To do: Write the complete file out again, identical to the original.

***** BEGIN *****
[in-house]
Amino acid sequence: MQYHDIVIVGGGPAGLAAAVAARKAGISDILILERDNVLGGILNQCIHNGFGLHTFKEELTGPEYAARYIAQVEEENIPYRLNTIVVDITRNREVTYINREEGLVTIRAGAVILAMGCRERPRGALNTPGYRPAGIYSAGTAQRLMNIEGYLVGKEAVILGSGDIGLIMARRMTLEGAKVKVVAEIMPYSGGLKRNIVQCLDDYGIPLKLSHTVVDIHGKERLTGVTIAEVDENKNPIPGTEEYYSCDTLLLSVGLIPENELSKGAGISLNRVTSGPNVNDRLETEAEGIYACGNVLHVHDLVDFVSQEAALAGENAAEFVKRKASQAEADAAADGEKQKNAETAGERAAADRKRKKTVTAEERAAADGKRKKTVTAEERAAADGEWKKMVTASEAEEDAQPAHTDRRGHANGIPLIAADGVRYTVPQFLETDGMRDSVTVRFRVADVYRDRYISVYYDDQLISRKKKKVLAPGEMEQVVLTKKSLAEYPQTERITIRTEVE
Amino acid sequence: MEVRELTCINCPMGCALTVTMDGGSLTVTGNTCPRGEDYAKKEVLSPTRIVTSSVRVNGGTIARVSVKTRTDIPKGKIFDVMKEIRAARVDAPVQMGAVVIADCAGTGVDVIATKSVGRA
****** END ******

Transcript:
[in-house]
Amino acid sequence: MQYHDIVIVGGGPAGLAAAVAARKAGISDILILERDNVLGGILNQCIHNGFGLHTFKEELTGPEYAARYIAQVEEENIPYRLNTIVVDITRNREVTYINREEGLVTIRAGAVILAMGCRERPRGALNTPGYRPAGIYSAGTAQRLMNIEGYLVGKEAVILGSGDIGLIMARRMTLEGAKVKVVAEIMPYSGGLKRNIVQCLDDYGIPLKLSHTVVDIHGKERLTGVTIAEVDENKNPIPGTEEYYSCDTLLLSVGLIPENELSKGAGISLNRVTSGPNVNDRLETEAEGIYACGNVLHVHDLVDFVSQEAALAGENAAEFVKRKASQAEADAAADGEKQKNAETAGERAAADRKRKKTVTAEERAAADGKRKKTVTAEERAAADGEWKKMVTASEAEEDAQPAHTDRRGHANGIPLIAADGVRYTVPQFLETDGMRDSVTVRFRVADVYRDRYISVYYDDQLISRKKKKVLAPGEMEQVVLTKKSLAEYPQTERITIRTEVE
Amino acid sequence: MEVRELTCINCPMGCALTVTMDGGSLTVTGNTCPRGEDYAKKEVLSPTRIVTSSVRVNGGTIARVSVKTRTDIPKGKIFDVMKEIRAARVDAPVQMGAVVIADCAGTGVDVIATKSVGRA